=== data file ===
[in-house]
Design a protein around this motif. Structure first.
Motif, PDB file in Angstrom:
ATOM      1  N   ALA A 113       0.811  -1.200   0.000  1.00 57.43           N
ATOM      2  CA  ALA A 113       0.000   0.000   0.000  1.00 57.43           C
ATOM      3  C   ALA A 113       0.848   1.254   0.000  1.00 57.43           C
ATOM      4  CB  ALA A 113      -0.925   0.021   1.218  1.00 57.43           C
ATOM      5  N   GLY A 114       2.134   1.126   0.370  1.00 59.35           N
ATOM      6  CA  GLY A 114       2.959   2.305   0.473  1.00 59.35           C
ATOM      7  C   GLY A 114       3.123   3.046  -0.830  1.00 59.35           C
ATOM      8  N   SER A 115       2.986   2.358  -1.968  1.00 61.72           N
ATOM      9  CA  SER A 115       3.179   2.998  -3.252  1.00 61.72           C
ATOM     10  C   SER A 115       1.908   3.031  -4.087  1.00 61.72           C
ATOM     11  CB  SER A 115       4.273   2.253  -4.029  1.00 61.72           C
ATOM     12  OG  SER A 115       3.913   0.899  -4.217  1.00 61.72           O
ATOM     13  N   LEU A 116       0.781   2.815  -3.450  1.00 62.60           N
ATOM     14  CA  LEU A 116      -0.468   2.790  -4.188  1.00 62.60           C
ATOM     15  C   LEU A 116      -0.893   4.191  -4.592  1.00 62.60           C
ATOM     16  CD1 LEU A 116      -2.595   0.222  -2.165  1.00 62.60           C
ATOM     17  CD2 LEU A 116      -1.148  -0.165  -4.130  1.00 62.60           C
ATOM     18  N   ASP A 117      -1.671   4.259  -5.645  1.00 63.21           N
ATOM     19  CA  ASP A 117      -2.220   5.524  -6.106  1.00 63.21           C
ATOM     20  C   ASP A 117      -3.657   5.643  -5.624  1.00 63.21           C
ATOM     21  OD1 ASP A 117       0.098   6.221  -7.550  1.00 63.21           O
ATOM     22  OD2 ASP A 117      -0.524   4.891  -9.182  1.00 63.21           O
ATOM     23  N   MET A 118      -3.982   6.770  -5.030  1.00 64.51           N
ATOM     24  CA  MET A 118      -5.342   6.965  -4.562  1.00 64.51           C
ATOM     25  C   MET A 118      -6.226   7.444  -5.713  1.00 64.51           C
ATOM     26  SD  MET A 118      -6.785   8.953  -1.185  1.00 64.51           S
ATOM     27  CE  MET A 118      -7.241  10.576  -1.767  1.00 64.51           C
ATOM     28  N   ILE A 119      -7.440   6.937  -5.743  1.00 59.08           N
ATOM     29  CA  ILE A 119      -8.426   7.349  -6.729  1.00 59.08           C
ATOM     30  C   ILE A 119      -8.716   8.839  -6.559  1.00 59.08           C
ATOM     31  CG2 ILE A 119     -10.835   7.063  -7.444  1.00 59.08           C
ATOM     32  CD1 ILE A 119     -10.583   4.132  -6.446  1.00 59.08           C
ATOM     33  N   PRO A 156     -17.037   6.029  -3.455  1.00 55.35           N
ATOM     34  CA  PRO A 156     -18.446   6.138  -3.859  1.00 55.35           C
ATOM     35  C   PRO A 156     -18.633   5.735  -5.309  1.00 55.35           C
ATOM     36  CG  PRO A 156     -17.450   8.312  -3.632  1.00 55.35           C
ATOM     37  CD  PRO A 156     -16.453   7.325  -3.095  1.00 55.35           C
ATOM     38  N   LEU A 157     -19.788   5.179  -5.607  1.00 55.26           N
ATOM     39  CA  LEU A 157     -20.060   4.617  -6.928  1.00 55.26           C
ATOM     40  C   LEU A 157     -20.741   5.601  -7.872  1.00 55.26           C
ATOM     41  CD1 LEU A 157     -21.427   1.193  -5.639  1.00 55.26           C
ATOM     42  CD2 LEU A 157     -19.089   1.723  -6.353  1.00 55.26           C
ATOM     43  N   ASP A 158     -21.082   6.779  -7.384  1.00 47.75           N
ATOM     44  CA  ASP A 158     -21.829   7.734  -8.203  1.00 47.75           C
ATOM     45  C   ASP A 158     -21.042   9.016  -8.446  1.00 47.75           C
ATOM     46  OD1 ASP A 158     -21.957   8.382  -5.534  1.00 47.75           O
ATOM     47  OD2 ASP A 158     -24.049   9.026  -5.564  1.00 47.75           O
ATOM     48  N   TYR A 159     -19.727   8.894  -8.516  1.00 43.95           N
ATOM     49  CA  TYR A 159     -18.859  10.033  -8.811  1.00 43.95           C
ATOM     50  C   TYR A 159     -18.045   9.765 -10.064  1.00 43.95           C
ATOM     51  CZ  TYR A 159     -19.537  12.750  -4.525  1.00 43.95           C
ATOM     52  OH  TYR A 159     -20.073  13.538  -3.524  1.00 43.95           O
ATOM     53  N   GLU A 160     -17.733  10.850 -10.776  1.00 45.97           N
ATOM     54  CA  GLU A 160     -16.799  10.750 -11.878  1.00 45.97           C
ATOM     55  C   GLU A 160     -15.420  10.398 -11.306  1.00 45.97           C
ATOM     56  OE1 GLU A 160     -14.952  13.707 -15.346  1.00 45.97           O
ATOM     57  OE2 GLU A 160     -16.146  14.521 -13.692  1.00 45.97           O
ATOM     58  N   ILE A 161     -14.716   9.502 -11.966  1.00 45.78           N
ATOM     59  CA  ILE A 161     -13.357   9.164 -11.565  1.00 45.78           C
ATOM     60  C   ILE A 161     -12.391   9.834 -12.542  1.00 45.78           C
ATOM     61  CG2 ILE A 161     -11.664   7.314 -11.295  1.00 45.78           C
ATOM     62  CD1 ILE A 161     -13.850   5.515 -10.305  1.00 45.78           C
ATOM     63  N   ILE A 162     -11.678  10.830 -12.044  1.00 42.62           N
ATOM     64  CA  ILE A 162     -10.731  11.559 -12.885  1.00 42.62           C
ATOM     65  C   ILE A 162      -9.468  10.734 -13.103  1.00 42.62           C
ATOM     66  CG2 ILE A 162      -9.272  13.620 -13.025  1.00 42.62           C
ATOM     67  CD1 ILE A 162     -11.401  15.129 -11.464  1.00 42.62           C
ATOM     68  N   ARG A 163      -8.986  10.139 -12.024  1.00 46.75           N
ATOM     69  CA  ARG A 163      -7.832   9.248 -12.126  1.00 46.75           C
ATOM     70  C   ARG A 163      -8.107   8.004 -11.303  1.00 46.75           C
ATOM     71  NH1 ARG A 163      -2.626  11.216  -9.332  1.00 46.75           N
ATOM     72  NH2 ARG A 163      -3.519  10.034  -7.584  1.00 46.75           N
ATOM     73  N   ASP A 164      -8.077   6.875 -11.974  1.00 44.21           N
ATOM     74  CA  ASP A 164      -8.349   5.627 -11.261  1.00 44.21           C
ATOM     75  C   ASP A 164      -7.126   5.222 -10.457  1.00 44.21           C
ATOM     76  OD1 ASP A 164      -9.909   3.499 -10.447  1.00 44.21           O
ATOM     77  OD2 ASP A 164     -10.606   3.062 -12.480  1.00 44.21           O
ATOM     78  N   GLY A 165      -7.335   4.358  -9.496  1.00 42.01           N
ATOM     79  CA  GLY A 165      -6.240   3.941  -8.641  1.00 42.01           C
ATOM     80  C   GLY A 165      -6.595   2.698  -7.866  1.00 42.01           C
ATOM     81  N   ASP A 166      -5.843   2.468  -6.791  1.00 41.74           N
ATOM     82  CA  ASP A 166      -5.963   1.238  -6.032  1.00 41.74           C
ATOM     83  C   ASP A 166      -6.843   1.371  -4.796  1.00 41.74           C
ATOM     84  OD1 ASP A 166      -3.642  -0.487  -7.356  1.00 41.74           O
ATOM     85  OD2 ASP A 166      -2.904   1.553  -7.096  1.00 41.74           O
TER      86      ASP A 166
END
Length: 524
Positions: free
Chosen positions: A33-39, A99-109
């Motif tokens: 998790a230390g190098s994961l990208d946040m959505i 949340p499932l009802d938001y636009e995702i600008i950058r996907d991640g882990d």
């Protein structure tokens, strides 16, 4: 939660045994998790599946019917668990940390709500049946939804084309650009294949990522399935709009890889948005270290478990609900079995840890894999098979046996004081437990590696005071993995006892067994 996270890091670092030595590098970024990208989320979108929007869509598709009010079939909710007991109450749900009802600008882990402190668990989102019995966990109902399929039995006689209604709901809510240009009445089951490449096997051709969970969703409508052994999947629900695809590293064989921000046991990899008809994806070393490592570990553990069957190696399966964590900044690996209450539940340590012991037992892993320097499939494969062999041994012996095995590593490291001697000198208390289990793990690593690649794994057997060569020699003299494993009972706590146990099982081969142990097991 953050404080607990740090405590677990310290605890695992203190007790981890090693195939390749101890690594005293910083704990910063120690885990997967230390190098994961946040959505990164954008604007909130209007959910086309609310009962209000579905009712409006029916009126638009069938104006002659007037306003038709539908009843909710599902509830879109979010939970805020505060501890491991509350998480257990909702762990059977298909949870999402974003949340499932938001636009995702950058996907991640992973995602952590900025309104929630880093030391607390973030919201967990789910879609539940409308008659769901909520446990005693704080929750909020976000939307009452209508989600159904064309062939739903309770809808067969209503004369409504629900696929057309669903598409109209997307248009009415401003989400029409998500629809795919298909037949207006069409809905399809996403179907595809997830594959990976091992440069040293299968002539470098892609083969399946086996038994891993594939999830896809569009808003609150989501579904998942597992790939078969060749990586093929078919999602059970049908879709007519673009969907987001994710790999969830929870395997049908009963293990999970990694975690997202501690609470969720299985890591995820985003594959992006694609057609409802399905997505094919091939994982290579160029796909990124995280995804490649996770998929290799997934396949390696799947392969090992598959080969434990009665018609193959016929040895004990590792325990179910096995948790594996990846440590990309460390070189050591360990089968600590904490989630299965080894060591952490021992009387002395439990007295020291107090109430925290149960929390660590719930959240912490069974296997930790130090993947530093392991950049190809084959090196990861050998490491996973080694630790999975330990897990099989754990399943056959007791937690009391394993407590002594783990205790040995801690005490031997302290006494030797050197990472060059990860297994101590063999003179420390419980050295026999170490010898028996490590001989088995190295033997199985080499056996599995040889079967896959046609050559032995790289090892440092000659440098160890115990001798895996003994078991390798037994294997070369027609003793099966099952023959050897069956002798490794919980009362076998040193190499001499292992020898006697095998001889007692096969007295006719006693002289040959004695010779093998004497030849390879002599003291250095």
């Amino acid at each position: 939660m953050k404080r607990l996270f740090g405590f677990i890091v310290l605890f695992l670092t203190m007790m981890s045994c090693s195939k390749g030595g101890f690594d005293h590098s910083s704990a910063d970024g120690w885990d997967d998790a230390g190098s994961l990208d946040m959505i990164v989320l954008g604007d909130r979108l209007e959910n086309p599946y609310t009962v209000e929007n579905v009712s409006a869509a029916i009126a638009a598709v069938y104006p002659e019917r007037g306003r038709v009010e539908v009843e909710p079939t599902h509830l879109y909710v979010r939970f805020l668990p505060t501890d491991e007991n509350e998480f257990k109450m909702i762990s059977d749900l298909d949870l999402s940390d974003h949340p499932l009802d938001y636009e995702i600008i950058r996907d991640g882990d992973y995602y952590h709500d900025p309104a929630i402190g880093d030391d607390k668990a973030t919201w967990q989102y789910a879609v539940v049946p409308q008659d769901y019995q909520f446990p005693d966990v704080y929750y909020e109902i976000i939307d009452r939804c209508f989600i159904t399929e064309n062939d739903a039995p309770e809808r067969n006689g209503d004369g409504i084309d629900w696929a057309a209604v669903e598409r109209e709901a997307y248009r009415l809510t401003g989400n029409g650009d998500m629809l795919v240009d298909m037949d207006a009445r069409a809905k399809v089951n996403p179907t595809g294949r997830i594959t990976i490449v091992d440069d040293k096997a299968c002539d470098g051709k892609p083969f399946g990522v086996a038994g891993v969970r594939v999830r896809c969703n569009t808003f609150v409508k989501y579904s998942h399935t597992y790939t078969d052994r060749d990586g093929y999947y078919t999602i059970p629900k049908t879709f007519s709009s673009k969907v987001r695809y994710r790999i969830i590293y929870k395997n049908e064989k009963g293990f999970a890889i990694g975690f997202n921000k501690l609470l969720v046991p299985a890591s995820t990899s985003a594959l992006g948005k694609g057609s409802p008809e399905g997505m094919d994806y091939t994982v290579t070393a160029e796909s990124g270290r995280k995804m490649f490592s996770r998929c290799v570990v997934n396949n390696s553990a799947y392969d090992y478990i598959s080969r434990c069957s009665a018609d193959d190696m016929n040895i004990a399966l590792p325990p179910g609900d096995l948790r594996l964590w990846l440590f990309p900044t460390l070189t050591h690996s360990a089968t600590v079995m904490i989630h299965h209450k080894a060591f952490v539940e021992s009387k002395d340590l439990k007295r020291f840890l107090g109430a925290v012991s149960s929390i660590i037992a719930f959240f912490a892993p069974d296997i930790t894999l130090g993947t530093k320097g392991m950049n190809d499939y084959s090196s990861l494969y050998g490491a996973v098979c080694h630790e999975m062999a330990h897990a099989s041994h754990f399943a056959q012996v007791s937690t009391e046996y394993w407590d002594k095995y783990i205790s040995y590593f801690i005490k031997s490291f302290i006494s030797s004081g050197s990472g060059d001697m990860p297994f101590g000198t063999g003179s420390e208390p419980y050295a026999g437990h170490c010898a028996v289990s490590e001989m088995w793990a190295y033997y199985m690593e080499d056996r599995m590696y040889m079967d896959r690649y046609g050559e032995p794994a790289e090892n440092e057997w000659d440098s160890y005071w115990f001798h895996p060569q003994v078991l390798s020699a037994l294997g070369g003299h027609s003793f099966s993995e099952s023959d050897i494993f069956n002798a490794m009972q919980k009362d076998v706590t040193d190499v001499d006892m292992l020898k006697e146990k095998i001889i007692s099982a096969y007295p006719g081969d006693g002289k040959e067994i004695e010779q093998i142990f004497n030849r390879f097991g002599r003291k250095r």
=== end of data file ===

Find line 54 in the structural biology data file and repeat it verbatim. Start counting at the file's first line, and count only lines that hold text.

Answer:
ATOM     51  CZ  TYR A 159     -19.537  12.750  -4.525  1.00 43.95           C